Languages, Literatures and Cultures
2012 Faculty Summer Fellow
Prof. Galina Rylkova was awarded a Rothman Faculty Summer Fellowship to support research for her second book project, “Creative Lives: The Art of Being a Successful Russian Writer.” This project explores how a representative selection of Russian writers from the last 150 years understood concepts of success, fame, and accomplishment. Prof. Rylkova also considers how these concepts shaped these writers’ lives, their creative output, relationships with their readers, and their cultural legacies today. She used the funds to finance travel to archives and significant locations in the United Kingdom, Italy, and the United States.
In the UK, Prof. Rylkova met with scholars from related fields and presented a portion of her research at Cambridge University’s Centre for Research in the Arts, Social Sciences and Humanities. The Centre published a summary of her presentation as “Petr Stolypin As ‘A Hero of His Time’” in East European Memory Studies No. 11 (October 2012, pp. 19-20), and the revised paper is presently under consideration for publication in a peer-reviewed journal.
In Italy, Prof. Rylkova travelled to sites that recur in Russian writers’ travelogues. Particularly, she visited Florence, Ravenna, Venice, and Milan, which attracted Russian writers and other tourists due to their prominence in Dante’s works. This allowed Prof. Rylkova to compare the travelogues to the actual sites, contributing to an increased understanding of how images of Italy and images of Dante figured in the imagination of Russian writers. This research both contributed toward her book project and laid the groundwork for a course she co-taught with Prof. Mary Watt in Spring 2013 on the reading of Dante in Mussolini’s Italy and in Stalin’s Russia.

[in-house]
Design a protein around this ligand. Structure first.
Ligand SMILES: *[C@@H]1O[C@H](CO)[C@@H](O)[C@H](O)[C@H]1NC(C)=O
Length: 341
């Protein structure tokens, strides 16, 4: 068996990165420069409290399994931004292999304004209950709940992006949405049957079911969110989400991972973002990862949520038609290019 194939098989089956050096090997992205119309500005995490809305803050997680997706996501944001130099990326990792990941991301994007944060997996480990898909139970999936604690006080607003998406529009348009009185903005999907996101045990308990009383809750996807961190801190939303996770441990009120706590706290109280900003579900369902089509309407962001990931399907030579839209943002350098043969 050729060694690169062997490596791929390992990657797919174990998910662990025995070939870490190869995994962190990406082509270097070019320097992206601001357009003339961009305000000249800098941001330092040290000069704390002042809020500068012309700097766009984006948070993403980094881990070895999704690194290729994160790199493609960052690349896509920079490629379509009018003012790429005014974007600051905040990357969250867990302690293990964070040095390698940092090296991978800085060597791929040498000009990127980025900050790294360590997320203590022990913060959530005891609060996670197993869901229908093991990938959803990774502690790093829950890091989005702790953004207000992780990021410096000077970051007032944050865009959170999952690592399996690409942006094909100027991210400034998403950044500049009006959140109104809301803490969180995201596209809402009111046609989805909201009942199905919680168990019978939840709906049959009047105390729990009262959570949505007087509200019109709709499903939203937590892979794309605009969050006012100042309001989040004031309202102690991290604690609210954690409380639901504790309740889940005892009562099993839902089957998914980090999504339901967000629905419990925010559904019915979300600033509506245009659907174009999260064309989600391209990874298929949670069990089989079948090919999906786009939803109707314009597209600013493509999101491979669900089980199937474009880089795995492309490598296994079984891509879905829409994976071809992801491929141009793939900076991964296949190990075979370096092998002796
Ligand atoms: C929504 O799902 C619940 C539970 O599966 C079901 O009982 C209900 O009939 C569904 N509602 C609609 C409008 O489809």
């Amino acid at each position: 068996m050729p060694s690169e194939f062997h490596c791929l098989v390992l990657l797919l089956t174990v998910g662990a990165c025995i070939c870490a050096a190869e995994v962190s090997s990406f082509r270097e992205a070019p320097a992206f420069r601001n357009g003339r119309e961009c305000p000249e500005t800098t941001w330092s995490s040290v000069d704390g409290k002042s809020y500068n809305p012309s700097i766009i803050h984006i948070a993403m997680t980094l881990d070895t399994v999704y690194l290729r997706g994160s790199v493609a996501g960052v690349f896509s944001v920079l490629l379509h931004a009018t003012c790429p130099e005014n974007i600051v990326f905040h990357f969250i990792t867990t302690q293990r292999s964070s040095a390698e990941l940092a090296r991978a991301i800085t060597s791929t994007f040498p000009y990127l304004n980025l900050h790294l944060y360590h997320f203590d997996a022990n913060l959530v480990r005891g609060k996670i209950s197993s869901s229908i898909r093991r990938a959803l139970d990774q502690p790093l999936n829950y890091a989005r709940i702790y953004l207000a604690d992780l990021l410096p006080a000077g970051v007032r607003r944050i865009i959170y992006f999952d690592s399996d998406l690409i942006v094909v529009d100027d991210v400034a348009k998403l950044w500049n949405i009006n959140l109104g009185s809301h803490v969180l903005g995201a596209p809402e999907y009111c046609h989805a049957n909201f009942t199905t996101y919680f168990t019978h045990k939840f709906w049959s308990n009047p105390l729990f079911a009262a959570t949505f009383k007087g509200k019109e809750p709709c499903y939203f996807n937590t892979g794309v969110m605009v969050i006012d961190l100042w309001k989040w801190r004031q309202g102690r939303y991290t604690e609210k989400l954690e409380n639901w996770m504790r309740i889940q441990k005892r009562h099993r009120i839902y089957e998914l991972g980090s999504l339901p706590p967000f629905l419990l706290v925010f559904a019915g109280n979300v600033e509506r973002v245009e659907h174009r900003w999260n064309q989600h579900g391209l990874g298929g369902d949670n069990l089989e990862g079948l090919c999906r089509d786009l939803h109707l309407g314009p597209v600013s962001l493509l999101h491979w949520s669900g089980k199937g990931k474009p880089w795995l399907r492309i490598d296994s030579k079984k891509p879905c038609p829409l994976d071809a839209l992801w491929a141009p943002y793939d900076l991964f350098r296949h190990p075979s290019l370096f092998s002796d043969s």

Prof. Rylkova concluded her travels in New York City, where she was able to work with a rare copy of Despair, a novel written by the Russian novelist Vladimir Nabokov. Originally published in 1934 as a serial in a Russian-language periodical, Nabokov adapted the novel for English publication in 1937 as he sought to emigrate from Nazi Germany to the US with his Jewish-Russian wife. Most English copies were destroyed during WWII, such that the copy held by the New York City Public Library is the sole surviving publicly-accessible copy. Access to the text allowed Prof. Rylkova the invaluable opportunity to contrast the first English edition with the early Russian editions and the revised second edition that Nabokov published in 1962. Prof. Rylkova’s studies of Nabokov’s revisions and Russians’ changing reflections on their Italian travels contribute to a better understanding of how Russian writers shaped and guided some of the dramatic Russian political and cultural changes over the last 150 years.